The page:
The nature of the charge transfer is indicated by the computed electron density difference map EDDM in Fig. Thus, the nature of the charge transfer in di-bridged SQ—Ph 2 —NN is analogous to what has been observed previously in the mono-bridged SQ—Ph—NN biradical, 20,39 highlighting quinoidal resonance structure contributions to the ground state wavefunction. Tunneling gaps and bridge—bridge electronic coupling, H BBcalculated from experimental data for the phenylene- and thiophene series provide a convincing explanation for the more pronounced g mb vs.
Namely, contributions from ECN resonance structures Fig. With respect to the importance of quinoidal resonance contributions, aromaticity has been shown to reduce conductance values in single molecule junctions.Electrical conductivity - Metals
Received 7th AugustAccepted 14th September Bottom: Molecular bridge B connects spin centers to facilitate magnetic exchange coupling. Only the HOMO is dominant in the bias window and therefore it maximally contributes to g mb. The LUMO is at higher energy and lies outside of the bias window. As such, it does not contribute to g mb. B Left: Computed zero-bias energy vs. A 2 V bias window is depicted in yellow and the Fermi energy is shown as a dashed line. Bridge carbon atoms of contact are indicated by blue arrows.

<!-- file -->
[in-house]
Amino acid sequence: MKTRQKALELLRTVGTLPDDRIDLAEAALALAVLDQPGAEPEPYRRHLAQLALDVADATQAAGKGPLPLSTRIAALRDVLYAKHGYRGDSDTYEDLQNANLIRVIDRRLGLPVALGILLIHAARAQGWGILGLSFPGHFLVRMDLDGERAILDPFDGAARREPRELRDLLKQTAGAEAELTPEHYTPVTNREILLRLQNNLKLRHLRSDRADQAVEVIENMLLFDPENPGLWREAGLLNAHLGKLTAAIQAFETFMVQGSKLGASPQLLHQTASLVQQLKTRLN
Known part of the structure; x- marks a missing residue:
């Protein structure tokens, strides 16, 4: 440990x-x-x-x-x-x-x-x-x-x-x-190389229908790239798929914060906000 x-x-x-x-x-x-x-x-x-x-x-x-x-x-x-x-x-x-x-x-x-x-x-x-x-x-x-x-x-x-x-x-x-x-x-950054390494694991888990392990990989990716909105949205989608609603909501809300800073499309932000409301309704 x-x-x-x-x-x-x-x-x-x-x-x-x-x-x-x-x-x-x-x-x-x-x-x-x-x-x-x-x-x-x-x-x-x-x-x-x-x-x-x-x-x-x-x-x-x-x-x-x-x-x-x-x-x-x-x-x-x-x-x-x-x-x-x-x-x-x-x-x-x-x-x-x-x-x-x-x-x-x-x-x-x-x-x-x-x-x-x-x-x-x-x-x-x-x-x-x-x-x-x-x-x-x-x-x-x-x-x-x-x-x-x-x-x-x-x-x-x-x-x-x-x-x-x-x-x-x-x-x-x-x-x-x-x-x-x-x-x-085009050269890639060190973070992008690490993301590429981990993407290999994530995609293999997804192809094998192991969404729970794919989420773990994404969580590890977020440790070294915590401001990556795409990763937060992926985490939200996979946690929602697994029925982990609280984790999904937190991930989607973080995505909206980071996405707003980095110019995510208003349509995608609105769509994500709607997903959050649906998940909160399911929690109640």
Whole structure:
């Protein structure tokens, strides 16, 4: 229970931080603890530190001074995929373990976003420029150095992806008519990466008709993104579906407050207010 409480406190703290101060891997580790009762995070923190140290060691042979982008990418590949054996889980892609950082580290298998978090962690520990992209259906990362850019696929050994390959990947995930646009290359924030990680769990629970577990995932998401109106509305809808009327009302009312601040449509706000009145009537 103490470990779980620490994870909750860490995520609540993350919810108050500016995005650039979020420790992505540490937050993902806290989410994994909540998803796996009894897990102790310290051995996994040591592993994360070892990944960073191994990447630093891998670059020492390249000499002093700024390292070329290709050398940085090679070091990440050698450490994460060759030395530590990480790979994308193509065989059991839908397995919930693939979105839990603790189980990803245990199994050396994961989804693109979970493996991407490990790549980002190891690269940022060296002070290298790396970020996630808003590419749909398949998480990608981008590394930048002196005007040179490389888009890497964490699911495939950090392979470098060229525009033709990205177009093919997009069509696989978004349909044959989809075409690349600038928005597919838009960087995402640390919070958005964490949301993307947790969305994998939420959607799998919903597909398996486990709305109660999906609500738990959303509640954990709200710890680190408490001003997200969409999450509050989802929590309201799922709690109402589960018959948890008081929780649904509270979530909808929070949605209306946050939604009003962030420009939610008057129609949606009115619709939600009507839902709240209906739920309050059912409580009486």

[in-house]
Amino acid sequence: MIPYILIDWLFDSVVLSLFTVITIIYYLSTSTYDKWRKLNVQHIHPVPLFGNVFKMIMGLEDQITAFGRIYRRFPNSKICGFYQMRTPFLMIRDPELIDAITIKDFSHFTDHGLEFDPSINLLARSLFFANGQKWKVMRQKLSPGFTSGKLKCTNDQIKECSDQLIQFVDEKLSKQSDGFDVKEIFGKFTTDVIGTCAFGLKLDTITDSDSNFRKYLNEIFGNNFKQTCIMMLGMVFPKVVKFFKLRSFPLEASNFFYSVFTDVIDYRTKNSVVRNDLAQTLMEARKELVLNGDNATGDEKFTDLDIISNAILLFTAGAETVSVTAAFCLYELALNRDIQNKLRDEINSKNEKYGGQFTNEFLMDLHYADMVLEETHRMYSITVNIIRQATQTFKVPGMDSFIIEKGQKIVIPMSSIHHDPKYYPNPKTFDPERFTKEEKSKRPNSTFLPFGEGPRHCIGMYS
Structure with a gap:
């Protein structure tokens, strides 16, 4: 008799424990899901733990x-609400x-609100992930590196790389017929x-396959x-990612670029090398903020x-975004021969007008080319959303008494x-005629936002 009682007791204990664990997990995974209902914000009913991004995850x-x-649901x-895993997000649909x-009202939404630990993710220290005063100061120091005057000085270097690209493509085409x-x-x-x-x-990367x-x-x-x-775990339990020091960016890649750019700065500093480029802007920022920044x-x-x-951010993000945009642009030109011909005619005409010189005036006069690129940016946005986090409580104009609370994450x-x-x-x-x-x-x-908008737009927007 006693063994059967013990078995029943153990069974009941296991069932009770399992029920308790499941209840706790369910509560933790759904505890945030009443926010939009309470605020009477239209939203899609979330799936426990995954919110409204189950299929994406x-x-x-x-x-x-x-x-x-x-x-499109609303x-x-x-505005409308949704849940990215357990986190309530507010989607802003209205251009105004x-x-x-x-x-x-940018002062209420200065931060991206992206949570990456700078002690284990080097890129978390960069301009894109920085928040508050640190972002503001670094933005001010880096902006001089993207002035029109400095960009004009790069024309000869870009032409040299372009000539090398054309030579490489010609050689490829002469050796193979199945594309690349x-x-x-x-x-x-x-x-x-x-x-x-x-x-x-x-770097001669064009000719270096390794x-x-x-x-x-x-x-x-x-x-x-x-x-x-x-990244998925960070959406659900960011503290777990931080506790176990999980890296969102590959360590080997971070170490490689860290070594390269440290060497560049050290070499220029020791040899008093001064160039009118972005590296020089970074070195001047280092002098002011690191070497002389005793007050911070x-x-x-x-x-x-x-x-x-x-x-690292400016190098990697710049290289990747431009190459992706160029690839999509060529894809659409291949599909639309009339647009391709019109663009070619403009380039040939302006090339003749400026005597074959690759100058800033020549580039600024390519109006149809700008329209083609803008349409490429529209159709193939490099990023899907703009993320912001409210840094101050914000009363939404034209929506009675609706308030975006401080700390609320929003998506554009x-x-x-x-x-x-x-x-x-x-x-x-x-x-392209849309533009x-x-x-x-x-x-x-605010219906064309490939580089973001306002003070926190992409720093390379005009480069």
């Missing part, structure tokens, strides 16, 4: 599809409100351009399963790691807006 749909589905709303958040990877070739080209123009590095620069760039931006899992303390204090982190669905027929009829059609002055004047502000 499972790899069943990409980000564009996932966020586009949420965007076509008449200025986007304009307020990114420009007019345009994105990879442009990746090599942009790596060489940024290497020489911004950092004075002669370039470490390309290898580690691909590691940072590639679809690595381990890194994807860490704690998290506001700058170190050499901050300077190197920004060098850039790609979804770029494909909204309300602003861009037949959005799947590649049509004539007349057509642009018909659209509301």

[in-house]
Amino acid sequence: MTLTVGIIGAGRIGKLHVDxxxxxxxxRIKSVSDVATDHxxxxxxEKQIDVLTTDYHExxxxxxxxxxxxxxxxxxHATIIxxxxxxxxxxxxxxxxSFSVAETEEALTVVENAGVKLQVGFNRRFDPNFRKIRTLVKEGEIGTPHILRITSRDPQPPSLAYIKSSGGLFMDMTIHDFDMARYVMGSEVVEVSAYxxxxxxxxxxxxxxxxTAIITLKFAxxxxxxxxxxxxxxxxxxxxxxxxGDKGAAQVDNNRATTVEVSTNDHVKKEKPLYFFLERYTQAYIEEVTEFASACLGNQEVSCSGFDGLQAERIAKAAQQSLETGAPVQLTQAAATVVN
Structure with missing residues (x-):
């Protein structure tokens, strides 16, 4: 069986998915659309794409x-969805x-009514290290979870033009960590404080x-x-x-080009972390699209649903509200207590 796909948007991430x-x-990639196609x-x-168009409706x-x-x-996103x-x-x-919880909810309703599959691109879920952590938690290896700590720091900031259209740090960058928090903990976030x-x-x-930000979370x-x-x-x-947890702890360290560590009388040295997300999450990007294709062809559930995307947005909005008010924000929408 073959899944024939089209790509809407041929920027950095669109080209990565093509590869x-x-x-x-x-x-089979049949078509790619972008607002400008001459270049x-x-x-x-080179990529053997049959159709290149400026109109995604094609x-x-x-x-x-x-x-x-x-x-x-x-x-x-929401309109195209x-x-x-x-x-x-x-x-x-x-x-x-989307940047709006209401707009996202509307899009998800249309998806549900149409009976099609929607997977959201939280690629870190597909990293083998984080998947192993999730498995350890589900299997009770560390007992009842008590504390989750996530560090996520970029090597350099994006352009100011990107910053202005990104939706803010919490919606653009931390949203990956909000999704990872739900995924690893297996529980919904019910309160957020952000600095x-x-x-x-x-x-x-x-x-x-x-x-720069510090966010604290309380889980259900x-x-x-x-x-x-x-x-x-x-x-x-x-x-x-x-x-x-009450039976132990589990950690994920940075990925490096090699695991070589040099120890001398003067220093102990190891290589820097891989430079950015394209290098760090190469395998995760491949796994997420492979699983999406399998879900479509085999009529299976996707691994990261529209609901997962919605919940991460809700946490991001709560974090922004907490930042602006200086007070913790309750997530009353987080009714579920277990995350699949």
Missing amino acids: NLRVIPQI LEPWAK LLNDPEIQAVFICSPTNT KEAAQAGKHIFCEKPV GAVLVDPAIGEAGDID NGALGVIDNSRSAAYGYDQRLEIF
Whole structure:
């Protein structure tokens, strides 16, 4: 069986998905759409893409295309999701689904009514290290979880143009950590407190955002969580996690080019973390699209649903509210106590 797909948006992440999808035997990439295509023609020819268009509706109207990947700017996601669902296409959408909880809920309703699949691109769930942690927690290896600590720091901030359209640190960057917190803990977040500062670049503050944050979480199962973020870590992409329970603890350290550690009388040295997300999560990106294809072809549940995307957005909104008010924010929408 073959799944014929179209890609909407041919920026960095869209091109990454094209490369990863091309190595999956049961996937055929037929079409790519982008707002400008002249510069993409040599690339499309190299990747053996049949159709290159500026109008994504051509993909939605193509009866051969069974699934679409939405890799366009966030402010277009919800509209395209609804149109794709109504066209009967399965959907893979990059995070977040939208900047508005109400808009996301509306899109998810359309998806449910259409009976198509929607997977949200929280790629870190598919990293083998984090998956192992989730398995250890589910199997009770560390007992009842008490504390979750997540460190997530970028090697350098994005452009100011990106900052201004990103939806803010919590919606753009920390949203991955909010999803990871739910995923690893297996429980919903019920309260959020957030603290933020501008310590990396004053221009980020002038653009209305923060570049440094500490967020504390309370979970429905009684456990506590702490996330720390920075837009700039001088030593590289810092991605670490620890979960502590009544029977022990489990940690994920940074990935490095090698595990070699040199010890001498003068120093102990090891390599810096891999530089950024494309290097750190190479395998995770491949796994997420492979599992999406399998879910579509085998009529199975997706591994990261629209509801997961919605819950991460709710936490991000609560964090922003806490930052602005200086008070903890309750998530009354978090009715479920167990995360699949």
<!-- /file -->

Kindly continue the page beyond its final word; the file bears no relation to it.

The data indicate that current is not directly proportional to magnetic exchange coupling. The data are fit to separate empirical power law functions with identical exponents, with best fits shown as black lines.
Best fits to the Eq.Distribution of the conductance P g at the critical point of the metal-insulator transition is presented for three and four dimensional orthogonal systems.
The form of the distribution is discussed. Dimension dependence of P g is proven. Rn As the conductance g in disordered systems is not the self-averaged quantity, the knowledge of its probability distribution is extremely important for our understanding of transport.